It’s never a pleasant experience when your boiler breaks down. Not only do you have to live without hot water and heating until professionals arrive, but there’s also a risk of water and gas leaks.
Fortunately, if you are aware of the signs that your boiler is about to break down, you can intervene before the situation gets worse.
Here’s what to look out for:
It No Longer Performs How It Used To
You can often tell you’ve got a problem with your boiler if it no longer performs how it once did. Common signs include taking a long time to warm water, the water not being hot enough, and having to wait for hours to get an acceptable temperature.
These problems usually occur because of faulty internal components. Airlocks, thermostats, and motorized valves can all fail and require replacement. You can also experience issues that result from general wear and tear of the boiler from old age.
Trying to fit new components yourself to remedy the problem is not advisable. Only people with specialist gas and plumbing training should work on boilers because of the risks of water and gas leaks.
It’s Leaking Water
Boilers should never leak. So, if you find a puddle of water nearby or extra moisture inside the unit, then it’s a good sign it has a serious problem and maybe about to break down.
Full-blown leaks are easy to identify from the sheer volume of water pouring out of your pipes. However, you should also keep your eyes peeled for less severe or very slow leaks, as these can soon become worse over time. Even tiny faults can lead to damp and mold development.
Loose or faulty piping is the most straightforward issue to fix. An engineer will inspect all the tubing inside and outside the boiler, checking each fixture to ensure that there are no faulty connections or leaks.
More seriously, internal components of the boiler can fail – something that can also lead to leaking. Pressure valves can exceed their rated threshold and allow water to spill out. And pump seals can degrade over time, allowing leaks through small cracks in their structure.
The rate of water loss usually accelerates the longer you allow the problem to fester. If you notice any water dripping from the boiler, seek professional advice immediately. You may be able to replace a faulty component without having to swap out the entire unit.
It Consumes Too Much Energy
Boilers already consume a lot of energy. But when they’re on the brink of failure, the amount of gas or electricity they use tends to go up.
A sudden increase in your energy bills is usually the first sign you have a problem. Older boilers lose their efficiency over time as their internal components age. Slowly, they cease to convert energy inputs, like gas and electricity, into the hot water you want. You wind up losing heat to the environment, and it goes to waste.
If you notice higher than average energy consumption, your best bet is to call out an engineer. They can inspect the boiler, component by component, and then tell you whether you need to fit a new one.
Sometimes, you’ll find out that your boiler just needs a new component to return efficiency to acceptable levels. Other times, you’ll require full-blown replacement if there’s no way to reduce energy consumption to normal levels.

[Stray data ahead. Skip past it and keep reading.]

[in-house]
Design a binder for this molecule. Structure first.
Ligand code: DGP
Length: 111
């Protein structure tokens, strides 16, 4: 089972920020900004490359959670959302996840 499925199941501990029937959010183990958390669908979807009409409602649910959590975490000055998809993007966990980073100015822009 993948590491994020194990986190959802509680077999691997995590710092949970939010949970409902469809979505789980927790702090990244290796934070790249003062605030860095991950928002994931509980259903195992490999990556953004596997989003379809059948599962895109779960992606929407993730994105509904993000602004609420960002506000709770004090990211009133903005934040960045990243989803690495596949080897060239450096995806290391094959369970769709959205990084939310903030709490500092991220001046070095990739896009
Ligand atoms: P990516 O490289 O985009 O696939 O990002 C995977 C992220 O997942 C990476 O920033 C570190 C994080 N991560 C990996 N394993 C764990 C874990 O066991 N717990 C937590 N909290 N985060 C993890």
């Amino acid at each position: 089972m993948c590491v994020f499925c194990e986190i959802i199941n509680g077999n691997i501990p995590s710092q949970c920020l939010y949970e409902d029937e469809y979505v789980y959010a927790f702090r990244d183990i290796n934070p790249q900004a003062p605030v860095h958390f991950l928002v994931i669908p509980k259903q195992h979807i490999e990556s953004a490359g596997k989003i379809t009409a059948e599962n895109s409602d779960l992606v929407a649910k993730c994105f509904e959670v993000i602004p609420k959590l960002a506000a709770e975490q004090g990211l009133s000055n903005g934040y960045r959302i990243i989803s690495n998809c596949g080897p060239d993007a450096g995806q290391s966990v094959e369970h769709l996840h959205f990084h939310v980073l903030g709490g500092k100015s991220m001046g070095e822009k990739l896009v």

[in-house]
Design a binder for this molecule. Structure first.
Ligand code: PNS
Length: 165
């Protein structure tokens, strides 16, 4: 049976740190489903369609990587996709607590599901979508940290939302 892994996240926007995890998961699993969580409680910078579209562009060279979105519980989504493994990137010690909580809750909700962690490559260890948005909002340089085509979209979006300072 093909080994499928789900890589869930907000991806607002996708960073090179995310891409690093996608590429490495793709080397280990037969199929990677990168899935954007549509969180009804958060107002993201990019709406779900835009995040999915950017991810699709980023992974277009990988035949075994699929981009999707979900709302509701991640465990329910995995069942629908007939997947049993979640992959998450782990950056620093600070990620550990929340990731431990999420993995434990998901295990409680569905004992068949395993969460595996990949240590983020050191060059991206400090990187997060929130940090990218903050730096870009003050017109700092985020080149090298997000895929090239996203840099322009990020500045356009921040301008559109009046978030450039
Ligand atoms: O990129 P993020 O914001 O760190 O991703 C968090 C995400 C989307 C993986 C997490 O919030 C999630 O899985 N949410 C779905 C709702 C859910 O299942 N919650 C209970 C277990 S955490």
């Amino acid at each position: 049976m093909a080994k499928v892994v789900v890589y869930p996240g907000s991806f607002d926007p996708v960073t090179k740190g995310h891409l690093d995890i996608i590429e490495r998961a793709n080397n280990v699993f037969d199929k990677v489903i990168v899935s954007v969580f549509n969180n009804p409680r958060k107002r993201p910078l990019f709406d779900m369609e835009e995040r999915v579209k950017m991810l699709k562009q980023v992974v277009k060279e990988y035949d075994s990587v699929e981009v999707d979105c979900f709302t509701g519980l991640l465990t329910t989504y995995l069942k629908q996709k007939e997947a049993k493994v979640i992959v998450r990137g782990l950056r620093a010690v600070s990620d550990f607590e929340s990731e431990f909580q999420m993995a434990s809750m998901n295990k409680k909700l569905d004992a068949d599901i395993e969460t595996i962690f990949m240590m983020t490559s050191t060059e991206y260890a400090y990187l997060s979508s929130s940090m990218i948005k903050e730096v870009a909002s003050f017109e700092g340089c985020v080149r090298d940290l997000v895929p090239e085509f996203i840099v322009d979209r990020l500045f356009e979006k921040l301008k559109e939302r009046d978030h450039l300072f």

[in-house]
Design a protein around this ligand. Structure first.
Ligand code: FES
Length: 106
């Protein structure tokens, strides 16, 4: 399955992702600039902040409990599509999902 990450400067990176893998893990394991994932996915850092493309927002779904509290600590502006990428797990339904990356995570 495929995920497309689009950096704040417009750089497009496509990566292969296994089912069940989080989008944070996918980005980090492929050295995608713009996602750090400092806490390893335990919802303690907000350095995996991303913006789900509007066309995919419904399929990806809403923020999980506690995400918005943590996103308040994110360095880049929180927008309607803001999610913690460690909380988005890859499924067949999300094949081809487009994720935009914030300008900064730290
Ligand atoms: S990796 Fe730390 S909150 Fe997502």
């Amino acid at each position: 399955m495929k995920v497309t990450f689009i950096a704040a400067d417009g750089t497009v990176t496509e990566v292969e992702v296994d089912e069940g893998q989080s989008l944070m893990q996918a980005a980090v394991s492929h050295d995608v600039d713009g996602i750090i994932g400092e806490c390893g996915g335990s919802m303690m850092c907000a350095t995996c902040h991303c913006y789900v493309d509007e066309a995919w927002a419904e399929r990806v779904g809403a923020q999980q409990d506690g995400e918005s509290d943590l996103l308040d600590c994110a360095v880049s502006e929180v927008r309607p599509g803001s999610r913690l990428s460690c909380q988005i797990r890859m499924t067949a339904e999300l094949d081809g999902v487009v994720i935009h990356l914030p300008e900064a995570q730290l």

Whether you need to replace your boiler depends on its age. Engineers can often fix boilers under ten years old, replacing condensing units and other components, and returning efficiency to normal. If the system is over ten years old, though, the chances of wholesale replacement rise. And if it is more than fifteen years old, repairing it is rarely economical.
New boilers tend to be considerably more efficient than their older counterparts. Boiler efficiency ratings run from A, which is the greenest, to G, indicating that efficiency is below 70 percent. The majority of quality new boilers are C-rated or better, helping you save money and the environment.
It Is Making Strange Noises
Boilers typically make a low humming sound that quickly blends into the background, so you don’t notice it. However, when they start to fail, they make all sorts of unusual sounds, many of which are highly conspicuous. If you start hearing knocking, drumming, or whistling sounds, it is a sign that something has gone wrong, and the boiler might be about to fail.
Occasionally, the issue is excessive water pressure, which is overloading the system. Other times, the problem has to do with critical components, such as the heat exchanger or fan.
Rarely, however, can you determine the source of the problem from the noises alone. Sounds tend to radiate through the entire system. Sometimes, though, you can identify specific issues. A high-pitched whistling, for instance, indicates “kettling” – mineral buildup in the heat exchanger.
Again, your best bet here is to call out an engineer. They’ll tell you whether the noise is part of the regular operation of the unit or something that needs fixing.
It Smells Unpleasant
If you smell any unpleasant gases coming from your boiler, turn it off immediately and do not use it again until an engineer has given the go-ahead.
Boilers rely on dangerous gases to perform their function efficiently, including carbon monoxide. Carbon monoxide doesn’t smell, but sulfur is added to it, allowing you to detect possible leaks with your nose.
The gas is hazardous because it preferentially binds to red blood cells, preventing them from picking up the oxygen you need to live. If too much of it gets into your body, you can experience carbon monoxide poisoning. This condition has a host of unpleasant symptoms, including difficulty breathing, headaches, dizziness, and, in extreme cases, death.
If you smell burning metal or plastic, it could indicate an overheating issue. So long as there’s no rotten egg smell, a gas leak is unlikely. However, you should still shut down your system to prevent further damage and avoid dangerous fumes escaping into your home.